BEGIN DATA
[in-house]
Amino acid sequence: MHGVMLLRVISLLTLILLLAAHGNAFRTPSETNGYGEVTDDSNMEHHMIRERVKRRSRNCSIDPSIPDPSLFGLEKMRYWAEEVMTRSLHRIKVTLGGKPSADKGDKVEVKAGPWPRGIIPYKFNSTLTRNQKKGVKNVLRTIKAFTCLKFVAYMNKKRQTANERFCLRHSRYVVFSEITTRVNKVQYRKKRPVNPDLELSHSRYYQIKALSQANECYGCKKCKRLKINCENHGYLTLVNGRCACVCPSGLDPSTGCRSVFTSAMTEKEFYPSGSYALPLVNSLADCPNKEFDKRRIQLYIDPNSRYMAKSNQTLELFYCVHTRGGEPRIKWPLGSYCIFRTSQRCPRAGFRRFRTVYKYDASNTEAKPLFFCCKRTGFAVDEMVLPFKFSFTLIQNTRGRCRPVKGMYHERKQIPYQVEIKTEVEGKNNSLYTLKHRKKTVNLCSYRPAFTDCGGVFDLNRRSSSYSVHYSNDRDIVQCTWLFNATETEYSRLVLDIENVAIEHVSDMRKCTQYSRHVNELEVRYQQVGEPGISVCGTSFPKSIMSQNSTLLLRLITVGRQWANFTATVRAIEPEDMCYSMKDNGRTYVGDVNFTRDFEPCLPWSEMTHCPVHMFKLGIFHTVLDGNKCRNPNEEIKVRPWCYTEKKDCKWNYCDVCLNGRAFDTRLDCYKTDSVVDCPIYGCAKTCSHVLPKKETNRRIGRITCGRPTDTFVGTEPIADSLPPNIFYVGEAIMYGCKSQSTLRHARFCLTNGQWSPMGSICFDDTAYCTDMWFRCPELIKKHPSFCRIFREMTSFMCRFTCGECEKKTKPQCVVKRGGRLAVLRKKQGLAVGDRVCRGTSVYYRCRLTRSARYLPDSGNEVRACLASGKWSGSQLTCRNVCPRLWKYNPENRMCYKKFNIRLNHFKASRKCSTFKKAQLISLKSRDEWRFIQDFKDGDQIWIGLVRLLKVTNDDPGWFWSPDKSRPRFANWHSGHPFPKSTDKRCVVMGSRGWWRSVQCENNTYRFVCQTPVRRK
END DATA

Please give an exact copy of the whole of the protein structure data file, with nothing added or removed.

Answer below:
[in-house]
Amino acid sequence: MHGVMLLRVISLLTLILLLAAHGNAFRTPSETNGYGEVTDDSNMEHHMIRERVKRRSRNCSIDPSIPDPSLFGLEKMRYWAEEVMTRSLHRIKVTLGGKPSADKGDKVEVKAGPWPRGIIPYKFNSTLTRNQKKGVKNVLRTIKAFTCLKFVAYMNKKRQTANERFCLRHSRYVVFSEITTRVNKVQYRKKRPVNPDLELSHSRYYQIKALSQANECYGCKKCKRLKINCENHGYLTLVNGRCACVCPSGLDPSTGCRSVFTSAMTEKEFYPSGSYALPLVNSLADCPNKEFDKRRIQLYIDPNSRYMAKSNQTLELFYCVHTRGGEPRIKWPLGSYCIFRTSQRCPRAGFRRFRTVYKYDASNTEAKPLFFCCKRTGFAVDEMVLPFKFSFTLIQNTRGRCRPVKGMYHERKQIPYQVEIKTEVEGKNNSLYTLKHRKKTVNLCSYRPAFTDCGGVFDLNRRSSSYSVHYSNDRDIVQCTWLFNATETEYSRLVLDIENVAIEHVSDMRKCTQYSRHVNELEVRYQQVGEPGISVCGTSFPKSIMSQNSTLLLRLITVGRQWANFTATVRAIEPEDMCYSMKDNGRTYVGDVNFTRDFEPCLPWSEMTHCPVHMFKLGIFHTVLDGNKCRNPNEEIKVRPWCYTEKKDCKWNYCDVCLNGRAFDTRLDCYKTDSVVDCPIYGCAKTCSHVLPKKETNRRIGRITCGRPTDTFVGTEPIADSLPPNIFYVGEAIMYGCKSQSTLRHARFCLTNGQWSPMGSICFDDTAYCTDMWFRCPELIKKHPSFCRIFREMTSFMCRFTCGECEKKTKPQCVVKRGGRLAVLRKKQGLAVGDRVCRGTSVYYRCRLTRSARYLPDSGNEVRACLASGKWSGSQLTCRNVCPRLWKYNPENRMCYKKFNIRLNHFKASRKCSTFKKAQLISLKSRDEWRFIQDFKDGDQIWIGLVRLLKVTNDDPGWFWSPDKSRPRFANWHSGHPFPKSTDKRCVVMGSRGWWRSVQCENNTYRFVCQTPVRRK